Sources: TSMCNikkei


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  • Samus - Saturday, July 22, 2023 - link

    People wrote off AMD too, now look. Don't underestimate Intel, they have the best talent in the world. Stock prices don't mean shit; if we were basing company success on valuation, Apple would be running the world, yet they don't actually manufacture a single thing and, frankly, would be out of business if TSMC disappeared as they make almost every bit of advanced silicon in every Apple product. That's a bad position for a company to be in.

    Meanwhile, Intel isn't dependent on ANYBODY. They research, design and manufacture on 4 continents, 30 countries, in a variety of sectors and markets from military to consumer. Outside of Taiwan, TSMC has a single FAB in Washington (WaferTech) which is a complete failure, two research centers with a handful of employees in Texas and Cali, and a FAB in China that would seize the instant China invades Taiwan.
  • Pneumothorax - Friday, July 21, 2023 - link

    Intel has been an also ran since Skylake. I'll consider them top tier when they can at least match or exceed TSMC's tech. They can't even match TSMC's 4 year old 5nm process.
  • goatfajitas - Sunday, July 23, 2023 - link

    TSMC started volume prodution of its "5nm" process in Q2 of 2020, thats 3 years ago... And "5nm" is in quotes because its not that simple and calling it that is part marketing. The same way Intel has renamed thier process nodes, 10nm is now "Intel 7" 7nm is now "Intel 4" to match what competitors call it. Pure marketing. In the end what matters is product specs, power per watt, overall performance etc.

    Anyhow, Intel stumbled BAD on 14nm, but they arent far behind at all.
  • nandnandnand - Friday, July 21, 2023 - link

    The evidence shows that American piggu swine are too stupid to run a world-leading fab.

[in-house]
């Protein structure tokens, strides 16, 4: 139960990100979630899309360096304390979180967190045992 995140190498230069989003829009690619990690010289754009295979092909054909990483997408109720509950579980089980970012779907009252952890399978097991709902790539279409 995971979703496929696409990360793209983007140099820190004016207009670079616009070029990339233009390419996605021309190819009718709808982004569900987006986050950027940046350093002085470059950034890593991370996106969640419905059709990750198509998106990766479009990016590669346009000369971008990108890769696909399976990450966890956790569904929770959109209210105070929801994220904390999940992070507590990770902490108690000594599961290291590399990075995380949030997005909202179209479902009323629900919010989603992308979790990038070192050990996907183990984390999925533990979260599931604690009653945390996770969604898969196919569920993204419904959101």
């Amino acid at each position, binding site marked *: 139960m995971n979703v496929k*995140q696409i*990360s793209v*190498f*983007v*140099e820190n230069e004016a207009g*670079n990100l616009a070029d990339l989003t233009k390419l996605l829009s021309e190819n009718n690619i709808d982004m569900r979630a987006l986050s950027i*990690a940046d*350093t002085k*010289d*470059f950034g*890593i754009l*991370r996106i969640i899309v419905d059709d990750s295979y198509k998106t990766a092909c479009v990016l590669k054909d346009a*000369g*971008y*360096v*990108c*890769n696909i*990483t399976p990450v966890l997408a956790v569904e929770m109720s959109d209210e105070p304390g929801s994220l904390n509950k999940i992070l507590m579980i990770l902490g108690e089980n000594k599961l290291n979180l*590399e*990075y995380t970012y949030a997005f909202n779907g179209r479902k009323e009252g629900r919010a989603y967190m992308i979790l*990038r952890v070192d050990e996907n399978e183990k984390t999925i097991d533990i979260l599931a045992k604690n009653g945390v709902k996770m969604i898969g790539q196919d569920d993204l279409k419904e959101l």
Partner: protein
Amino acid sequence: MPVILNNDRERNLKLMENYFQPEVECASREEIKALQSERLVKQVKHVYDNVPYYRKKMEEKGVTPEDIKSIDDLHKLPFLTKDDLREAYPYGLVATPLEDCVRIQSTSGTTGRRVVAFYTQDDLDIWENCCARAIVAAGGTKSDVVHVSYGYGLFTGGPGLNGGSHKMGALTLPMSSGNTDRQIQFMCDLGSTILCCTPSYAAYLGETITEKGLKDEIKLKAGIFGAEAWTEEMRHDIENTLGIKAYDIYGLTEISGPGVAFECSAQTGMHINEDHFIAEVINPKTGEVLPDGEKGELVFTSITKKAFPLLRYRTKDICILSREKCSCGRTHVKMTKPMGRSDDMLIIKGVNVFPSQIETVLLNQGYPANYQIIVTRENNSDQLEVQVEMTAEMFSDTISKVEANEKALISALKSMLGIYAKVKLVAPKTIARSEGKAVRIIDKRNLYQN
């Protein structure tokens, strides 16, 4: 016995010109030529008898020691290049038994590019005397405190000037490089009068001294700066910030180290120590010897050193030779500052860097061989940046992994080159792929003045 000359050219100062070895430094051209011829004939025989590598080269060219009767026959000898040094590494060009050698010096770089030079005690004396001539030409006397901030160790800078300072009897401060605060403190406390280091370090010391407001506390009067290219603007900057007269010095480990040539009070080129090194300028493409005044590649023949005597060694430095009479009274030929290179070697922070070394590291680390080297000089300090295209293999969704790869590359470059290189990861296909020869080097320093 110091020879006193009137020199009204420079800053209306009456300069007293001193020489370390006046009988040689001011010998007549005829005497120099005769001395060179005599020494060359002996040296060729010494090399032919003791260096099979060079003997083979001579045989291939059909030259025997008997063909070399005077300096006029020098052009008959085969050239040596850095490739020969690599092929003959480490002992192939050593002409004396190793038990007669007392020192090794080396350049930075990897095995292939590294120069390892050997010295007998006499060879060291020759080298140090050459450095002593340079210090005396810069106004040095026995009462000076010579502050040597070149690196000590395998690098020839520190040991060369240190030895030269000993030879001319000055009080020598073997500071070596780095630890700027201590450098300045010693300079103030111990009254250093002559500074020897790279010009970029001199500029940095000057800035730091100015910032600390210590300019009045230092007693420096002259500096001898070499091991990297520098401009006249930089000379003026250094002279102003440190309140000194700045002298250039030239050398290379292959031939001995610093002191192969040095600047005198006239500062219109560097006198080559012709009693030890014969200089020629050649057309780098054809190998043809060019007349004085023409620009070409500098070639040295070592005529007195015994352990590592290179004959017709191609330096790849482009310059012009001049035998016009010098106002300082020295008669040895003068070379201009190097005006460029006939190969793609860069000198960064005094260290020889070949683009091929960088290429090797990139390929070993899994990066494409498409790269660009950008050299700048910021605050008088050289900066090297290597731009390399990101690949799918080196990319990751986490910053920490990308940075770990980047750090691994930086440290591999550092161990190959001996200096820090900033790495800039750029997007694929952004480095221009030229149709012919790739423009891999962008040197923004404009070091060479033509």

• Threska - Saturday, July 22, 2023 - link

    Grass is always greener, except under our own feet.
  • The_Assimilator - Thursday, July 20, 2023 - link

    No, it's an excuse for the fact that Americans smart enough to be working in semiconductors are also smart enough to not allow themselves to be exploited by Taiwanese labour practices.
  • heffeque - Thursday, July 20, 2023 - link

    I'm not sure that Taiwanese labor practices are that much worse than American labor practices (if it is even the case). Heck, some states are even legalizing child labor, since illegal immigrants aren't as easy "use" nowadays. Haven't read of any kind of child labor in Taiwan.
  • airdrifting - Thursday, July 20, 2023 - link

    "The_Assimilator" probably still lives in the 70s when he thinks labor practices. Now look around you, it's okay jobs "do not pay a living wage", it's okay to hire child labor, it's okay for people work two jobs and still can't afford a roof, but when it comes to Taiwanese labor practice, you better make sure everyone gets CEO wage.
  • knightspawn1138 - Thursday, July 20, 2023 - link

    I'm just picturing the movie classic Gung Ho, where the un-enthusiastic American workers get berated by the Japanese engineers and managers for not having high enough standards for their work (at the beginning of the movie, anyway). Where's Hunt Stevenson when you need him?
  • Papaspud - Thursday, July 20, 2023 - link

    Maybe because demand is dropping?